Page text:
Morales to hit DL with weakness in shoulder

Morales to hit DL with weakness in shoulder

DENVER -- The Rockies are on the verge of getting healthier, but for a matter of hours at least, it looks like things are going to get worse before they get better.

The club intends to activate starting pitcher Jason Hammel on Wednesday and has encouraging reports from rehabbing starter Jeff Francis and closer Huston Street, but the back of the bullpen suffered another casualty Tuesday.

Left-handed reliever Franklin Morales, who has served as the team's closer with Street out of commission all spring, is headed for the 15-day disabled list, retroactive to May 5.

With a storm settling in over Coors Field on Tuesday that ultimately postponed the Rockies' game against the Phillies, Colorado held off on making the official move -- though manager Jim Tracy announced that Morales would go on the DL and right-hander reliever Edgmer Escalona would be called up from Triple-A Colorado Springs to take Morales' spot on the roster.

When it was announced the game will be made up as part of a doubleheader Wednesday, the Rockies' patience paid off. With the move not officially made, the Rockies can potentially activate Hammel to take Morales' spot on the roster, and Escalona's callup and potential Major League debut can be put off for another time -- meaning Escalona gets no Major League service and loses no options.

With the weather questionable for Wednesday as well, the Rockies may be able to put off the move an additional day, in which case another scenario could present itself if they don't need Hammel immediately. Either way, there seems little question that Morales will get some time on the DL to rehabilitate his pitching shoulder.

"He has some weakness in his left shoulder," Tracy said. "I get the impression that this is a definite precautionary-type thing. There was some testing that was done over the weekend in Los Angeles, and one of the strength tests that they performed, they weren't real happy with it. He did throw a little touch-and-feel bullpen [session] over the weekend. But it still wasn't right yesterday."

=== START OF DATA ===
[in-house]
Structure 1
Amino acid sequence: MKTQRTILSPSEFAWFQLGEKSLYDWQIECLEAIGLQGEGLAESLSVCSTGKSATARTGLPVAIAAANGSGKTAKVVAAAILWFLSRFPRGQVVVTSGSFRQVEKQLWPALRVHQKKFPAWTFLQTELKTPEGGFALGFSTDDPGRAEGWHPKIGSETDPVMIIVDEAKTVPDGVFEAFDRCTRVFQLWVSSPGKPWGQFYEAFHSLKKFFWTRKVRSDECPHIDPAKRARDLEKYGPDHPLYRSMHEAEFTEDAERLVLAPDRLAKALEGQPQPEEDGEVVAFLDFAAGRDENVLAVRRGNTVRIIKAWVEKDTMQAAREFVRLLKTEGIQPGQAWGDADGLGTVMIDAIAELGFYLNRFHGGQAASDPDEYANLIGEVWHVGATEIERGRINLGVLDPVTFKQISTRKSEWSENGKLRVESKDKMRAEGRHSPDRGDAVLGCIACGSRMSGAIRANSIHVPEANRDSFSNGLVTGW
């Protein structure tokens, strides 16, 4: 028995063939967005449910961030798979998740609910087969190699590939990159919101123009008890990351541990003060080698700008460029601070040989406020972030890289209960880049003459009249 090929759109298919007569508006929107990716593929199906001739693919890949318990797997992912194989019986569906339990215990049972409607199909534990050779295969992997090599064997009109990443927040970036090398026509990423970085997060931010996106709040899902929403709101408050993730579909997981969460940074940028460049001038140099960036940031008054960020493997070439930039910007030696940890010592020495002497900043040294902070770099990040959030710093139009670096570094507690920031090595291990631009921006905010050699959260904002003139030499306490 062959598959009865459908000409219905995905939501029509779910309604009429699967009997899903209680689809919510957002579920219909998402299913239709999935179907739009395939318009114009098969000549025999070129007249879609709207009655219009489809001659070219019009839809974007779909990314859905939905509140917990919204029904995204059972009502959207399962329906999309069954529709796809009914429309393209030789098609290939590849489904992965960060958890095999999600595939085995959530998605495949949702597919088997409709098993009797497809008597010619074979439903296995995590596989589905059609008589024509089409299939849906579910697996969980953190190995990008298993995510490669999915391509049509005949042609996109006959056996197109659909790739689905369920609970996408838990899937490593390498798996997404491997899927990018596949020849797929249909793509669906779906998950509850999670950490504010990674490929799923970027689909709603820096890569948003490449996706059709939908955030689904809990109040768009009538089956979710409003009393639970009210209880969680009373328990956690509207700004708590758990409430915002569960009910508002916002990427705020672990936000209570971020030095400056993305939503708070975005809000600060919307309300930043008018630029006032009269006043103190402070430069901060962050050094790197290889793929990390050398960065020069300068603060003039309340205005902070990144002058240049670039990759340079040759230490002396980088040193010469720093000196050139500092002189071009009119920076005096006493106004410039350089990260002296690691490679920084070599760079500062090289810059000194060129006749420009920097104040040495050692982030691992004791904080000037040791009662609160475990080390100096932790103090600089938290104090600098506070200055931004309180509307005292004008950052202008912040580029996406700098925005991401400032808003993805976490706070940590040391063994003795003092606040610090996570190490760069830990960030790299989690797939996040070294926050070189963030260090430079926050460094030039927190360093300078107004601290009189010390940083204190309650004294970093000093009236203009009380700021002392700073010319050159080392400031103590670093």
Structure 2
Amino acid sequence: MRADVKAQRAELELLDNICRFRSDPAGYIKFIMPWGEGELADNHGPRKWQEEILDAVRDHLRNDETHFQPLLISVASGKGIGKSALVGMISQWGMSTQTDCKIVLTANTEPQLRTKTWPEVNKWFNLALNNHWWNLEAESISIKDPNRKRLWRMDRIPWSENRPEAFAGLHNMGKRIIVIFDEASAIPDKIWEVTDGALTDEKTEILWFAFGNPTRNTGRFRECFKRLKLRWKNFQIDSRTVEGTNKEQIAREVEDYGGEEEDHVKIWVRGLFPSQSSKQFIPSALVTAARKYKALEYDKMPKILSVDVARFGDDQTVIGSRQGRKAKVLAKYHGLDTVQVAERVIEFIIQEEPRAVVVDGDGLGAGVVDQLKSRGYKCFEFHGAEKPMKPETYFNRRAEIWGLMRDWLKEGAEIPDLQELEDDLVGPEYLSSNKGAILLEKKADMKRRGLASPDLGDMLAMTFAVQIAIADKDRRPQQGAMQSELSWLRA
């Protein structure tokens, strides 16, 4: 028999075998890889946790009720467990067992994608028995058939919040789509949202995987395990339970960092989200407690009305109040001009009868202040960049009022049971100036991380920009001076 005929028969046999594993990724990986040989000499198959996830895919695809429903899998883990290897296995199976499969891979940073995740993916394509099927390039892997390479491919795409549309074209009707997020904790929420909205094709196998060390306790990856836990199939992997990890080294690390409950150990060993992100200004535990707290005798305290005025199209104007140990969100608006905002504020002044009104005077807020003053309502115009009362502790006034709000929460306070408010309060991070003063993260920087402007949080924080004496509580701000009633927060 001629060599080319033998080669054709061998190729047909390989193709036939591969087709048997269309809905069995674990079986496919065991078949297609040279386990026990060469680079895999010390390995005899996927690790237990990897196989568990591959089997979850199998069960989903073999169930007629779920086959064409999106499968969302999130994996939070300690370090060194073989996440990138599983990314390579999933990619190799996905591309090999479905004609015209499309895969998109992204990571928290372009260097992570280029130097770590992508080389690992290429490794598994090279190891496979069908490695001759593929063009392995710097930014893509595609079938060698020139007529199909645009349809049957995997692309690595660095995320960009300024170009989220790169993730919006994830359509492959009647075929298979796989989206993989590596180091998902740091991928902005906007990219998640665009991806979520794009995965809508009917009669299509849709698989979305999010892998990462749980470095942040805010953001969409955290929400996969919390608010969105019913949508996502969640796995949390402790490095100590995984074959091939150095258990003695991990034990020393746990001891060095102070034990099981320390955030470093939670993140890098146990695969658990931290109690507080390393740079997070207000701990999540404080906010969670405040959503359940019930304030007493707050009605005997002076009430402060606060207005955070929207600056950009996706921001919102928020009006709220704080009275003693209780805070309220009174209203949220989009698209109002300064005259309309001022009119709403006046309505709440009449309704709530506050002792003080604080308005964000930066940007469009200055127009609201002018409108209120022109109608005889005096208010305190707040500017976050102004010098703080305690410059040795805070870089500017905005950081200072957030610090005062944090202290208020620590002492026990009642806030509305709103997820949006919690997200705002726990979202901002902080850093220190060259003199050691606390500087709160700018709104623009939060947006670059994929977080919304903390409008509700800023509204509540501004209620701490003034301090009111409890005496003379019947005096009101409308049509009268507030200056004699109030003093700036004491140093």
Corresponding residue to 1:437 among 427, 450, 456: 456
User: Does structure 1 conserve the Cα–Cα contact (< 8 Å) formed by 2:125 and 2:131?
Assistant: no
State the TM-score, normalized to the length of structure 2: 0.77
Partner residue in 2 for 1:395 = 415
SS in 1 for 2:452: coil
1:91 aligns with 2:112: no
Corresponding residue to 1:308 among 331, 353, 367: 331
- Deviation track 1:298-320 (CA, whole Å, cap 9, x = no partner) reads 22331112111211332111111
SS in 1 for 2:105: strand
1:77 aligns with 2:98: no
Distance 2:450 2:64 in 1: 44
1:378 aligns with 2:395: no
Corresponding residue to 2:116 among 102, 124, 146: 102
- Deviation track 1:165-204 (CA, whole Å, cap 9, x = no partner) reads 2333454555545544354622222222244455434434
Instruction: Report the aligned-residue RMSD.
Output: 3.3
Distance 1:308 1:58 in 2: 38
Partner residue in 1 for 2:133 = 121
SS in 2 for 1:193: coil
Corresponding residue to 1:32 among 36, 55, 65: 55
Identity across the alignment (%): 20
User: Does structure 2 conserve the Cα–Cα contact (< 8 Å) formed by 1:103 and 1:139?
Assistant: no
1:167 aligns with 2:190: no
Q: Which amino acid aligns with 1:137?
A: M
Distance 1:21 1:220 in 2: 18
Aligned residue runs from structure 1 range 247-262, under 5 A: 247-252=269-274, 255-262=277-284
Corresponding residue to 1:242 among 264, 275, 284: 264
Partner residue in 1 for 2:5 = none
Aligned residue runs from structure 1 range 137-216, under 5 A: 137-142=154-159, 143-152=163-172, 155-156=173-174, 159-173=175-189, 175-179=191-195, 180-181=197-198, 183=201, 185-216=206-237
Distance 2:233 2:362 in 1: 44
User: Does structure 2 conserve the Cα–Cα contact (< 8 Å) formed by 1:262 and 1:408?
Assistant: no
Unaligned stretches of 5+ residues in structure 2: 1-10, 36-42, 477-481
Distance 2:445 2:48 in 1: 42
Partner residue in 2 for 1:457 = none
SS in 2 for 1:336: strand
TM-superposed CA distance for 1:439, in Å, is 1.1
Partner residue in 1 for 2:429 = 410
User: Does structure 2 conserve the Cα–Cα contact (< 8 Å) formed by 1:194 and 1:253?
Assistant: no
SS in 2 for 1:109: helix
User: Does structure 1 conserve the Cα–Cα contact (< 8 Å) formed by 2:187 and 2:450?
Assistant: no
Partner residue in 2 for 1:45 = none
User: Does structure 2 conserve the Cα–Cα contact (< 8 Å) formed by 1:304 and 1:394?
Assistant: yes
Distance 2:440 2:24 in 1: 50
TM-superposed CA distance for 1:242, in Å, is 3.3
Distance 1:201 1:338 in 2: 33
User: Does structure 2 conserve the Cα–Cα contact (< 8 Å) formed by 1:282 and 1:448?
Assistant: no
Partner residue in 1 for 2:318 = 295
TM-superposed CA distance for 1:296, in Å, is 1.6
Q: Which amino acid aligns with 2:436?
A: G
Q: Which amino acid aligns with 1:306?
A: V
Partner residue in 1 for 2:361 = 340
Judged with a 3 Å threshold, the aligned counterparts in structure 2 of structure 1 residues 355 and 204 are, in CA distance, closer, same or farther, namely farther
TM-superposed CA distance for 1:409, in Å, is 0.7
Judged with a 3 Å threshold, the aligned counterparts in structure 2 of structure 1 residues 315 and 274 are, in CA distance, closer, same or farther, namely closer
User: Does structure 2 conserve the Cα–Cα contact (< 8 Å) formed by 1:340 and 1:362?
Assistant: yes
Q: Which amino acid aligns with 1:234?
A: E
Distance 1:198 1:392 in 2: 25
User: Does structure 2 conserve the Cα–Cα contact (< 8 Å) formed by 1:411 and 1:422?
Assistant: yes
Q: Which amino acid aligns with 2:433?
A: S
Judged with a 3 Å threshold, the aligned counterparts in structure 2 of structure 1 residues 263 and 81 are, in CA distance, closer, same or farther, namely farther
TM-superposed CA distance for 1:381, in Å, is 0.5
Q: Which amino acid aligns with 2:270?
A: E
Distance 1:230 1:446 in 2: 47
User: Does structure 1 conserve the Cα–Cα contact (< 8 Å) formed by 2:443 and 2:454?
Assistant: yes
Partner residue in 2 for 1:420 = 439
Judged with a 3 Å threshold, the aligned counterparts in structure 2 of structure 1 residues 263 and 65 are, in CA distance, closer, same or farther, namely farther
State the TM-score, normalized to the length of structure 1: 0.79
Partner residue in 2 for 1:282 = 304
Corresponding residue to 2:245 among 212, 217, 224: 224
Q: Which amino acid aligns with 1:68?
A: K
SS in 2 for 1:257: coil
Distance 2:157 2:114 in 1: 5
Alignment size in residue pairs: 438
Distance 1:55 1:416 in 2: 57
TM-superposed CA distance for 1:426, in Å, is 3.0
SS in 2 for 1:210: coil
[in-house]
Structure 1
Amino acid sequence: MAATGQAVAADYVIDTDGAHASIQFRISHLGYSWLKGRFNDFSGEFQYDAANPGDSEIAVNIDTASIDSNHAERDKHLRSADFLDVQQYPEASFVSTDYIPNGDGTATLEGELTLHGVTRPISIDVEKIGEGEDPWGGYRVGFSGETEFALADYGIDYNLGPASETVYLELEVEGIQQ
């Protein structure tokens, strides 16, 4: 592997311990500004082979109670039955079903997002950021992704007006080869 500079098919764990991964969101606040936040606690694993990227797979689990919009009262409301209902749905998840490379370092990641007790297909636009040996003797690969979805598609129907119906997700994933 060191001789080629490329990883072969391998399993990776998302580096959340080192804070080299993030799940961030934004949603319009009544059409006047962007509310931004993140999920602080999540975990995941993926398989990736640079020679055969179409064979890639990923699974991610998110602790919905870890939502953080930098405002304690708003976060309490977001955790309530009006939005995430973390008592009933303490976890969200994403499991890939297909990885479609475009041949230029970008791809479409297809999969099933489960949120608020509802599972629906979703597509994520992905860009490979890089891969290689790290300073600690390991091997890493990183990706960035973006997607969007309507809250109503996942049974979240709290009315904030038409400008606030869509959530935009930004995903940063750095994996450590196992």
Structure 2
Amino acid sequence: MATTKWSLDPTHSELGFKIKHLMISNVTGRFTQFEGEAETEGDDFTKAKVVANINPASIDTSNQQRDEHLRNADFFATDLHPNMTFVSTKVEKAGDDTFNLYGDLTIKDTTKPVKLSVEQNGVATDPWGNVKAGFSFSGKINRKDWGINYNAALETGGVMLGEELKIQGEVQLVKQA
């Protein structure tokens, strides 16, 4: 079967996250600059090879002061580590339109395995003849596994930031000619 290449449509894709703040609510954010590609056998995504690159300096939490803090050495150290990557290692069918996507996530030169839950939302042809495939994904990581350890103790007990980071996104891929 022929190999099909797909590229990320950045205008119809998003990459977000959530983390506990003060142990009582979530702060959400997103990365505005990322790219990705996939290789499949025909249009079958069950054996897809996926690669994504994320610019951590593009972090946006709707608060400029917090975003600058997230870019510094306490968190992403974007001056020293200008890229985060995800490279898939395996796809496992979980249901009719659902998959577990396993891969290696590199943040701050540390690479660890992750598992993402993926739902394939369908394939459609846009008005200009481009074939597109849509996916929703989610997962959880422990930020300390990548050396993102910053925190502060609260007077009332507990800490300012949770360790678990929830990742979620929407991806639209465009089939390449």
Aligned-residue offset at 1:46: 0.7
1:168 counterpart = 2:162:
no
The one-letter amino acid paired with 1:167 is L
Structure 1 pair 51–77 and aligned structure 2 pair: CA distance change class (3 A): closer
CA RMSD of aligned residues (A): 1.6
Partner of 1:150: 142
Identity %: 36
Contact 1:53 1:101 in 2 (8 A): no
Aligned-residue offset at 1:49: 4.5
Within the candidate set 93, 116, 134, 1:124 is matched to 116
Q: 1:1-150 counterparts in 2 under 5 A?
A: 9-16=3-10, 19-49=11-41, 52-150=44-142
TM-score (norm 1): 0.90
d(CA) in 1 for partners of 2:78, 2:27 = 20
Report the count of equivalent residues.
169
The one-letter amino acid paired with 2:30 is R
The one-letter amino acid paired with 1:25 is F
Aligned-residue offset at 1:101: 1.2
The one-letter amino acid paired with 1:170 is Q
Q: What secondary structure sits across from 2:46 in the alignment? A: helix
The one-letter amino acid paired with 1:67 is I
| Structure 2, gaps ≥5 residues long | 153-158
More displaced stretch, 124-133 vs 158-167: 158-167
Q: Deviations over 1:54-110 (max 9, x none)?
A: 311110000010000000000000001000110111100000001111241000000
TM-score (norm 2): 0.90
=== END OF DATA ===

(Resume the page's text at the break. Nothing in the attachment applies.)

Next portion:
Morales has been bothered by the shoulder for nearly two weeks now, noting it began in his longest appearance of the season -- a two-inning outing against the D-backs on April 28.

"I feel a little pain. When I throw, I feel it," Morales said, pointing to his upper arm, just below the shoulder. "I [first] felt it when I pitched to Arizona the last game [at Coors Field]. When I threw the second inning, I felt it."

Morales pitched the ninth and 10th innings of that game, ultimately taking the loss after yielding an extra-inning game-winning solo shot to Kelly Johnson. He has been hot and cold since then, with the pain primarily affecting his fastball command.

While Tracy said no additional tests were called for, he expressed concern about pushing Morales early in the season and ending up with a situation like last year, when the southpaw went on the DL for nearly two full months with a strained left shoulder.

"It's more [a case of being] worried that if we push the envelope, you run the risk of injuring the guy," Tracy said. "We're not interested in doing that."

Morales felt the issue was probably minor, and despite going to the DL, he was reassured by a conversation with the Rockies' head athletic trainer, Keith Dugger.

"I asked the trainer, and he said [I need] a couple days," Morales said. "I need to work out and make my shoulder strong."

Morales was not available Monday night, and the Rockies went to Manuel Corpas with the game tied in the ninth. Corpas gave up the go-ahead run, followed by a three-run homer, in taking his first loss of the season.

Escalona, 23, has yet to see any Major League action since being signed by the Rockies out of Venezuela in the fall of 2004. He has made 14 appearances for the Sky Sox this season, all in relief, and has posted a 1-0 record with a 7.84 ERA. Tracy described his recent performances as "back and forth." In 20 2/3 innings, Escalona has yielded 19 runs (18 earned) on 18 hits and 11 walks while striking out 12 and serving up a half-dozen homers.

"He's got a dynamic arm," Tracy said. "He throws a very heavy sinker. He throws the ball with very good velocity. The one thing you concern yourself early on with a young pitcher -- is he going to get too amped up with the opportunity because he's going to try and show you how hard he can throw, [and as a result] come out of his delivery and start misfiring drastically? But believe me, he has a very, very good arm. I saw enough of it in Spring Training to be completely convinced of that."

It looks like fans will have to take Tracy's word for it, as the pitching prospect appears headed back to Triple-A to continue refining his performance on the mound.

Owen Perkins is a contributor to This story was not subject to the approval of Major League Baseball or its clubs.